China continues to have vital interests that touch on questions of sovereignty and territorial integrity in maritime areas near the mainland. Until these issues are resolved, a key component of how Chinese policy-makers think about maritime power is their need to develop the means necessary to prevent de jure independence for Taiwan, prevent an attack on the Chinese mainland from the sea, and defend China’s territorial and exclusive economic zone (EEZ) claims. The United States is perceived as the single most important potential security threat and the one actor that could prevent China from attaining its goals with regard to Taiwan and other disputes in regional seas.

As widely reported in the international media, and as analyzed by institutions as diverse as the International Institute for Strategic Studies (IISS) and IHS Global Insight, China has dramatically increased its military spending. Indeed, in the IISS annual publication, The Military Balance, which reported that Asia was set to spend more on defense than Europe for the first time in modern history, what was lost to many in the report was the fact that China alone accounts for 30 percent of Asian defense and that China’s official military expenditure in 2011 was more than two-and-a-half times the 2001 level, growing by an average of approximately 11 percent per year in real terms over the period, even faster than the economy as a whole. Further, IHS Global Insight predicts that China’s defense budget will double over the next five years, reaching over $238B in 2015, and outstripping the combined spending of all other nations in the Asia-Pacific region.

Much of the contention between the United States and China has been focused, of late, on the South China Sea. China’s continuing conflict with its neighbors in this geographically-strategic and resource-rich oceanic zone has been well-documented in the international media and due to is alliances with several of these nations; the United States has important equities in the South China Sea. In January 2012, a Center for a New American Security report, Cooperation from Strength: The United States, China, and the South China Sea, highlighted the complex issues that have led up to the current situation. It noted the important American interests at stake in this body of water, and recommended a number of actions to secure American interests. Of note, the report was replete with references to China’s strategic intent as well as its substantial A2/AD capabilities, noting, in part:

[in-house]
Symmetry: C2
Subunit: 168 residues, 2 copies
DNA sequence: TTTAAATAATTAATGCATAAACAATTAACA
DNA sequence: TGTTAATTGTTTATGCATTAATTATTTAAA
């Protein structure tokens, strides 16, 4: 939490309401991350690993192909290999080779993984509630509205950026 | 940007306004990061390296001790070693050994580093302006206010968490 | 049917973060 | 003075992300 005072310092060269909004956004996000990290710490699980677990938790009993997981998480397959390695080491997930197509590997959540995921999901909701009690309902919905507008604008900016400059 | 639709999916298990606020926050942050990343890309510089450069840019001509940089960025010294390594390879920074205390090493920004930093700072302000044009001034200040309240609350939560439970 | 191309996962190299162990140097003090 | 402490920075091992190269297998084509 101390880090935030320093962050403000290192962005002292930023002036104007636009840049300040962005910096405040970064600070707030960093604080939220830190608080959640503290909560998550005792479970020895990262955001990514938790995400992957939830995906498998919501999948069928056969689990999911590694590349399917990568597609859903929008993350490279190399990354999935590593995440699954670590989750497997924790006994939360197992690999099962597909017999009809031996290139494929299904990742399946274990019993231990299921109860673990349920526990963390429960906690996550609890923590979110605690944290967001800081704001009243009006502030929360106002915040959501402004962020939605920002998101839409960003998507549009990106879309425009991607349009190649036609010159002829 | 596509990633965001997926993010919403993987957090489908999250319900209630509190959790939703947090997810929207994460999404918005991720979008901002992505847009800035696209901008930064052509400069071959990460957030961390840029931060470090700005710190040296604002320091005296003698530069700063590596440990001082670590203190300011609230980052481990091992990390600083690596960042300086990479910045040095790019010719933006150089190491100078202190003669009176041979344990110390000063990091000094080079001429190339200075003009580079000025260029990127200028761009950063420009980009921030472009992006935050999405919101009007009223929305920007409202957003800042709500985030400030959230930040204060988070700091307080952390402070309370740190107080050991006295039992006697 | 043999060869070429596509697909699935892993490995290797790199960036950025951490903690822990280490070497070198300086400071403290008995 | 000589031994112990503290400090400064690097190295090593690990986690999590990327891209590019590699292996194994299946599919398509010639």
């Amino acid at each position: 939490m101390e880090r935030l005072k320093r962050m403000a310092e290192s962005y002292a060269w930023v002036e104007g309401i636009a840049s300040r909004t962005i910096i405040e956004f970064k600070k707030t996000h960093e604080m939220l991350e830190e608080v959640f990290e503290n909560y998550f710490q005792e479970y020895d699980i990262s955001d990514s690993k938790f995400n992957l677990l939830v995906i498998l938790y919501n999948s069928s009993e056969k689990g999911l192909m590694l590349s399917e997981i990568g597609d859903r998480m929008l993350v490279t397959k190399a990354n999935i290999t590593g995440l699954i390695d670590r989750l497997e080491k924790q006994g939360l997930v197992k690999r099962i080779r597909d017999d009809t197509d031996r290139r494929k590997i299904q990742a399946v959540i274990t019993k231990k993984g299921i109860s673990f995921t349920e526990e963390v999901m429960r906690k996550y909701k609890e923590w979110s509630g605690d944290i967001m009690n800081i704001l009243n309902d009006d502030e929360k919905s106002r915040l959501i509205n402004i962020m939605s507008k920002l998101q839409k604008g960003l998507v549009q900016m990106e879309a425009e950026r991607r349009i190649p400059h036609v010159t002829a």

The South China Sea is where a militarily rising China is increasingly challenging American naval preeminence – a trend that, if left on its present trajectory, could upset the balance of power that has existed since the end of World War II and threaten these sea lines of communications (SLOCs)…China continues to challenge this openness by developing military capabilities that allow it to threaten access to this maritime region…American military dominance in the South China Sea will recede in relative terms as other nations, principally China, improve their naval and air forces to better integrate ballistic missiles…If China can tip the balance of power in its favor, it can increasingly dominate its smaller neighbors while incrementally nudging the U.S. Navy further and further out behind the Western Pacific’s first island chain.

China has been increasingly strident regarding its claims to its near-shore waters; primarily as a buffer against what it states are moves by the United States to “encircle” it. As Michael Richardson explained in the Japan Times:

China evidently aims to dominate its “near seas” – the Yellow, East and South China seas – turning them into an extended security buffer protecting the Chinese mainland and enabling China to exploit valuable fisheries and seabed resources, including oil, gas and minerals. The three seas contain the vast majority of China’s outstanding territorial claims against its neighbors, as well as its disputed maritime claims. Beijing’s claims in the 3.5 mission square km of South China Sea are by far the most extensive. Beijing asserts sovereignty over the main contested archipelagos and their surrounding waters and seabed. It asserts other forms of jurisdiction in its claimed zone of control, which covers about 80 percent of the sea.